Sir Alex Ferguson had little sympathy for Fernando Torres after the Chelsea striker's controversial sending off helped Manchester United end their 10-year wait for a Barclays Premier League win at Stamford Bridge.
Torres was shown a second yellow card for diving in United's highly contentious 3-2 win but replays showed he had actually been fouled by Jonny Evans. And Ferguson rubbed salt into the wound by claiming the striker only had himself to blame and declaring he himself would have stayed on his feet and scored had he still been a player.
"Well, did he intend to dive?" Ferguson said. "Jonny may have just caught him a little bit but you can either carry on running, which he could've done... But he chose to go down. He could've carried on and scored. That's what I can't understand."
Ferguson admitted the visitors were fortunate with the winning goal scored by substitute Javier Hernandez from an offside position after Chelsea had been reduced to nine men.
"They say that the winning goal came from an offside, so that's the bit of luck I think we got," he said. "I said before the game we've had some shocking decisions down here. It's very difficult to come here and get all the decisions - I must say that. It's very difficult."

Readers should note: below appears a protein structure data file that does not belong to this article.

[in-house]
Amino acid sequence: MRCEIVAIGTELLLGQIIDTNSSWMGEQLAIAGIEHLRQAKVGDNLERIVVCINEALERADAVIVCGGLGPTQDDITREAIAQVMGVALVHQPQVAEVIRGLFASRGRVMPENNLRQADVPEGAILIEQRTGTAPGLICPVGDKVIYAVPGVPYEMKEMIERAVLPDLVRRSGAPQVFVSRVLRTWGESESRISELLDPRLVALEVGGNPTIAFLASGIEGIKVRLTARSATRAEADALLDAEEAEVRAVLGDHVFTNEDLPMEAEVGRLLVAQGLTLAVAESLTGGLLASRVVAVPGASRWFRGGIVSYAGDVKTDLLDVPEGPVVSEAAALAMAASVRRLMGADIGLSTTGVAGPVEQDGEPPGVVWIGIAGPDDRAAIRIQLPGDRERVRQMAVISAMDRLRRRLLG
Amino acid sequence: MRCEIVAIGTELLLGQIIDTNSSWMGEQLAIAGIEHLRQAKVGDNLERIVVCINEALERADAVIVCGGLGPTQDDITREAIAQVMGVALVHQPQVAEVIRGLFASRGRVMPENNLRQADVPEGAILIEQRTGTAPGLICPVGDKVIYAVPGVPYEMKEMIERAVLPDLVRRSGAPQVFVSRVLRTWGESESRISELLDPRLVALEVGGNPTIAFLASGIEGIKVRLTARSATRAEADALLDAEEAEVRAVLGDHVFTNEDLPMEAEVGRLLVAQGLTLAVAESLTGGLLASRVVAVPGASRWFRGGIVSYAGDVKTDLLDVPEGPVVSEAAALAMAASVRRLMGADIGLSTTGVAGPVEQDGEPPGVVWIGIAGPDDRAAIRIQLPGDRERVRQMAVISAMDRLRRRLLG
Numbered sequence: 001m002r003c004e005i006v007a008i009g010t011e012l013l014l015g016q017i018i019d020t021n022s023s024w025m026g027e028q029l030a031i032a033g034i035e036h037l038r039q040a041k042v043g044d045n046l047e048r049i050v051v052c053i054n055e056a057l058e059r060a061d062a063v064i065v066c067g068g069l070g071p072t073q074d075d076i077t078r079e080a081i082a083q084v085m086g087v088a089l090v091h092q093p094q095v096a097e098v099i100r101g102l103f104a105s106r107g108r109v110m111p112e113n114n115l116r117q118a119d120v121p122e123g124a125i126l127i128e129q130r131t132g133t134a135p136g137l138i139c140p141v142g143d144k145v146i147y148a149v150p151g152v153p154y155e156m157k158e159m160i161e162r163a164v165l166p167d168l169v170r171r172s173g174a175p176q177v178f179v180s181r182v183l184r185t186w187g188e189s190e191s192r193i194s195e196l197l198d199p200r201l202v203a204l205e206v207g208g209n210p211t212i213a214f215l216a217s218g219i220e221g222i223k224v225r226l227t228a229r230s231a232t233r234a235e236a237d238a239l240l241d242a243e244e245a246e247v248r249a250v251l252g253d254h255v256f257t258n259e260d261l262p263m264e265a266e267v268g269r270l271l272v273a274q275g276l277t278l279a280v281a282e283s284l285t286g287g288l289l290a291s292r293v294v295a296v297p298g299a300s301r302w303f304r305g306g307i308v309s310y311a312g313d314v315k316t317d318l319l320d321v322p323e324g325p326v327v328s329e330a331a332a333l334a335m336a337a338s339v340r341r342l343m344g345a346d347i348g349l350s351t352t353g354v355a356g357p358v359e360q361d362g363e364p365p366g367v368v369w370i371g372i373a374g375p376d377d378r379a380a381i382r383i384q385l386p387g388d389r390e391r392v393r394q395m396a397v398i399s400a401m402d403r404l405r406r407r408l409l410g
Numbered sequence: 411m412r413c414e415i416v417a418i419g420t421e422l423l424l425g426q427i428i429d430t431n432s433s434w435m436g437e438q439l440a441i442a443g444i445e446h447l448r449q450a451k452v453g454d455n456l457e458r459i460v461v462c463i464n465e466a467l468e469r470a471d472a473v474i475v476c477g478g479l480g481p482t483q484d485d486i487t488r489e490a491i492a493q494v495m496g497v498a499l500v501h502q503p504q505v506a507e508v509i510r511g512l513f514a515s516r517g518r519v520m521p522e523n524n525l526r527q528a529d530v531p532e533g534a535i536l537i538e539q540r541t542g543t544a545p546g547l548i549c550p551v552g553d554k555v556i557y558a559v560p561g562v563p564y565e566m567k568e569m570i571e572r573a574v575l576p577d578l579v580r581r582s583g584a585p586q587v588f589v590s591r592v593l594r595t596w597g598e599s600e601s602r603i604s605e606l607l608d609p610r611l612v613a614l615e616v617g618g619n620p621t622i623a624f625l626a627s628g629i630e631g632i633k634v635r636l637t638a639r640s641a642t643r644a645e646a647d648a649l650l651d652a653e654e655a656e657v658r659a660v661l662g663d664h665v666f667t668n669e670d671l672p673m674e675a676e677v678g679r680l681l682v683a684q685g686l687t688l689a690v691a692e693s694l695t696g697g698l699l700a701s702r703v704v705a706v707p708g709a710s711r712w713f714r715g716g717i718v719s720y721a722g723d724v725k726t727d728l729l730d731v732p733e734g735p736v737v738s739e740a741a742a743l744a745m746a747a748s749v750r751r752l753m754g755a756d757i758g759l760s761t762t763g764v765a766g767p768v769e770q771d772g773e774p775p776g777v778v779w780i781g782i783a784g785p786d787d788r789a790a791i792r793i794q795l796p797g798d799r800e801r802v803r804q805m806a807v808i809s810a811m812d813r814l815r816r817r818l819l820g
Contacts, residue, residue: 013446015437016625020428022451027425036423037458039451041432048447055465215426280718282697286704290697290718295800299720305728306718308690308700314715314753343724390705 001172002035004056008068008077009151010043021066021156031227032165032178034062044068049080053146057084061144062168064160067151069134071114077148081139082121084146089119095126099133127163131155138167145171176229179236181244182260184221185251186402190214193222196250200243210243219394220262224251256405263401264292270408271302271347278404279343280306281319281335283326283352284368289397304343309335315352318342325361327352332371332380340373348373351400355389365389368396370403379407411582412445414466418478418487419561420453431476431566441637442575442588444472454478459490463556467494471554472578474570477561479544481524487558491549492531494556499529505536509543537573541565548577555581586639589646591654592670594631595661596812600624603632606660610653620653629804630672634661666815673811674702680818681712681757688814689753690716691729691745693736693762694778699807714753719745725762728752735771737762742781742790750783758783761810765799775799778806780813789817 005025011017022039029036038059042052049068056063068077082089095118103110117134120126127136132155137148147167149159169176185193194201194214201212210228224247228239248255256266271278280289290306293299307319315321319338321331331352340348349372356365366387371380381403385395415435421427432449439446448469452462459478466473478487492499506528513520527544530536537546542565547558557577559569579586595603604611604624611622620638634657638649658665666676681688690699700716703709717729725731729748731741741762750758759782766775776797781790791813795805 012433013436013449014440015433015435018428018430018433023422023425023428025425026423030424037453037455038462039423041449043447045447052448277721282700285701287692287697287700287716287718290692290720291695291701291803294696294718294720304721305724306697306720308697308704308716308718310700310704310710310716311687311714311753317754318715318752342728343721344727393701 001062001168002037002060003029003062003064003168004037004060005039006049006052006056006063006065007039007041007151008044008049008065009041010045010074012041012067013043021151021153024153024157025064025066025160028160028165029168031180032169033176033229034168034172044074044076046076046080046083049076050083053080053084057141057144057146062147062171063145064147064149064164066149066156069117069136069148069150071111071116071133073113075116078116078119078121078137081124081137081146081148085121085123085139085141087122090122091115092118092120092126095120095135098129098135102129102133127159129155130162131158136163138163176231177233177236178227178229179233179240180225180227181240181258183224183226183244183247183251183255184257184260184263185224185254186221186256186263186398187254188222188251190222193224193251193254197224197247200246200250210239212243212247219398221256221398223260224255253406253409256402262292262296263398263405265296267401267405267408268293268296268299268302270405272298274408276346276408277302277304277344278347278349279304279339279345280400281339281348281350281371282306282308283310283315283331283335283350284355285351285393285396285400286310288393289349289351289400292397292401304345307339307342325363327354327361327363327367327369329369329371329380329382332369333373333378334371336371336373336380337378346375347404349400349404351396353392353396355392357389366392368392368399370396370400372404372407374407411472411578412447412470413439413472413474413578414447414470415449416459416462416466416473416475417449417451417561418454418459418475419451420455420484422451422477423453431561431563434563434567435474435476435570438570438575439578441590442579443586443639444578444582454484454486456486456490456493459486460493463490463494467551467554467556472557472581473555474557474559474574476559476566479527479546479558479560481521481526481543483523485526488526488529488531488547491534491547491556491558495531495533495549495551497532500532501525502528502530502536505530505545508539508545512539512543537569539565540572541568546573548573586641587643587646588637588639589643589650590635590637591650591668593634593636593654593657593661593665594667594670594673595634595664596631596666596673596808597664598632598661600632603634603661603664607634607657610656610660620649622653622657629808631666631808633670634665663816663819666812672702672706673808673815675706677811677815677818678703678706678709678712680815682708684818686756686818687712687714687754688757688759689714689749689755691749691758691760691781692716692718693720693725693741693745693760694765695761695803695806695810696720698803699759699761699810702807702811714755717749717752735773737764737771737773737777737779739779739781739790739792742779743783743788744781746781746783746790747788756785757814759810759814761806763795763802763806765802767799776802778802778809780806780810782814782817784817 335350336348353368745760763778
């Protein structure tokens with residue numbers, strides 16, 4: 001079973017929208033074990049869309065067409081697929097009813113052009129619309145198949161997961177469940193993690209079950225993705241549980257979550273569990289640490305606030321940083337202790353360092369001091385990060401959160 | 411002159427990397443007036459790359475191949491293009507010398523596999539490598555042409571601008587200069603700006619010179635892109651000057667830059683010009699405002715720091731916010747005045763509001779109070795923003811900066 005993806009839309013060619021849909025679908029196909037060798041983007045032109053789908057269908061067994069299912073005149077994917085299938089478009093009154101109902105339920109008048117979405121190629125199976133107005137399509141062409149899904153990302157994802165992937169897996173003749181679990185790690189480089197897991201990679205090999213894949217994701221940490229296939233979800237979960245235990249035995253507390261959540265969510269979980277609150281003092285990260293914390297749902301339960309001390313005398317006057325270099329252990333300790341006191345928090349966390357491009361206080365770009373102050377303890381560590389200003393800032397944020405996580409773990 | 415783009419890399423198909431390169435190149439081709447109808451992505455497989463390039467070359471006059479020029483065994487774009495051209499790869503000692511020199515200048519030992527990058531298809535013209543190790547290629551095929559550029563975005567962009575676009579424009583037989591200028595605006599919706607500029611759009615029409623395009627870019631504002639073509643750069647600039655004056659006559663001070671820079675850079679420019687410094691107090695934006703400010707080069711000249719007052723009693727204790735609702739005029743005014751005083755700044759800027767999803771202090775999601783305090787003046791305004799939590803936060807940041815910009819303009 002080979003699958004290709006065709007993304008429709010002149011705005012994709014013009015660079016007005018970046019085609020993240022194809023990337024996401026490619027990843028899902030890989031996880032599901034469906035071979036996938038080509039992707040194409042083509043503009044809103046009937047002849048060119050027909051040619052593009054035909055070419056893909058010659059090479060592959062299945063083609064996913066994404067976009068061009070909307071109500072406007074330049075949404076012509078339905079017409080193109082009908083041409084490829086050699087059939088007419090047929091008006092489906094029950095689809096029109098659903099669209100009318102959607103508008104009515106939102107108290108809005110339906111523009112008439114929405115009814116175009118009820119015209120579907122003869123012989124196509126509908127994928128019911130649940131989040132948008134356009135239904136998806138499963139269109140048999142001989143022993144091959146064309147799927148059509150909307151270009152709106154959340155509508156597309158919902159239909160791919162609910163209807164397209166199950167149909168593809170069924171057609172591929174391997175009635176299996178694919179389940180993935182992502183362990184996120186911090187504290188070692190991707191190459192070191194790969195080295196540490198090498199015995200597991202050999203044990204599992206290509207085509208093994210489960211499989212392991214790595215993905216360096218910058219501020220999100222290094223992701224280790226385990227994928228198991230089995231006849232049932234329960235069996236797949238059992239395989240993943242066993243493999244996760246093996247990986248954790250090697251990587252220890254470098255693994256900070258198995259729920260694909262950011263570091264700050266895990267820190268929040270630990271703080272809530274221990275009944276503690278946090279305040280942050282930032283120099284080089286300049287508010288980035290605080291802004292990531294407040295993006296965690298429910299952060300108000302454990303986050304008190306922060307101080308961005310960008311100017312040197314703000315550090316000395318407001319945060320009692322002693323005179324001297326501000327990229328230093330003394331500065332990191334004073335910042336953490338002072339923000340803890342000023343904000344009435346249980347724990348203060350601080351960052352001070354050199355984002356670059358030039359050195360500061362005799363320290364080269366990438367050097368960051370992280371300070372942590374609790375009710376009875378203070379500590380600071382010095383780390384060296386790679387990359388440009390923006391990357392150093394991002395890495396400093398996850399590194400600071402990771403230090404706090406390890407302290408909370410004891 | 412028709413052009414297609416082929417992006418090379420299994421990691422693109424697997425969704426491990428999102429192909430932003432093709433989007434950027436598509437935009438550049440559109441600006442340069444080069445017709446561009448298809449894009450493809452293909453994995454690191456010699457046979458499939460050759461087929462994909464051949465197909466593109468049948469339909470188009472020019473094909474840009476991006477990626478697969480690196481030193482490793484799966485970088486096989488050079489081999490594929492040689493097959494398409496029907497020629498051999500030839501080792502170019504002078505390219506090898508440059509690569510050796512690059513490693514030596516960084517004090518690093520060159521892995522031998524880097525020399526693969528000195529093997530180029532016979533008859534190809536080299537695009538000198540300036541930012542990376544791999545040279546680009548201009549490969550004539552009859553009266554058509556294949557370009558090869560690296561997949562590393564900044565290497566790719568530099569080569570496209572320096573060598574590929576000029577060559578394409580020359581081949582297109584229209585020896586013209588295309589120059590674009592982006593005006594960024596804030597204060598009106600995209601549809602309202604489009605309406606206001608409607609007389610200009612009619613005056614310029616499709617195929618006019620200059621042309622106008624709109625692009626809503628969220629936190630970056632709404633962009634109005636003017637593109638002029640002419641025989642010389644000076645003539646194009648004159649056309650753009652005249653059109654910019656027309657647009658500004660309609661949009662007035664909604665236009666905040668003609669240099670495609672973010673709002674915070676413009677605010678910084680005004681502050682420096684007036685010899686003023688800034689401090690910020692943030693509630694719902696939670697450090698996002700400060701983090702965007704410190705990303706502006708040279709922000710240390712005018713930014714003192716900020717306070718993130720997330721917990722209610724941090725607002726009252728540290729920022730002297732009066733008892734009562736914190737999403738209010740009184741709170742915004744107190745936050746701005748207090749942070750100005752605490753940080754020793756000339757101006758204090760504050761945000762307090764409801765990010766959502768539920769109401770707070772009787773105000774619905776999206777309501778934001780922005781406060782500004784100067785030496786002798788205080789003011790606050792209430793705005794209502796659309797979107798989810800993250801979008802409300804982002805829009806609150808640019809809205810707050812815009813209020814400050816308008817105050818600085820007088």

The Torres incident prompted an angry touchline exchange between both benches and Chelsea boss Roberto Di Matteo was still smarting after the game. "We are massively disappointed that these key decisions were wrong," he said.
"It always seems to be in favour of the opposition. That's a massive disadvantage for us. I thought at 2-2, we looked like the team that were probably going to win the game. So it's a shame, because it was a good game of football with two good teams and the officials ruined it."
Told what Ferguson said about Torres, Di Matteo said: "Listen, whatever he says, it was a foul in our favour."
He added of referee Mark Clattenburg: "Surely when he's going to watch the images, he's going to realise that he made big mistakes."
The Italian was keen to play down his own spat with Ferguson, saying: "That's part of the game, emotions run high and you say things."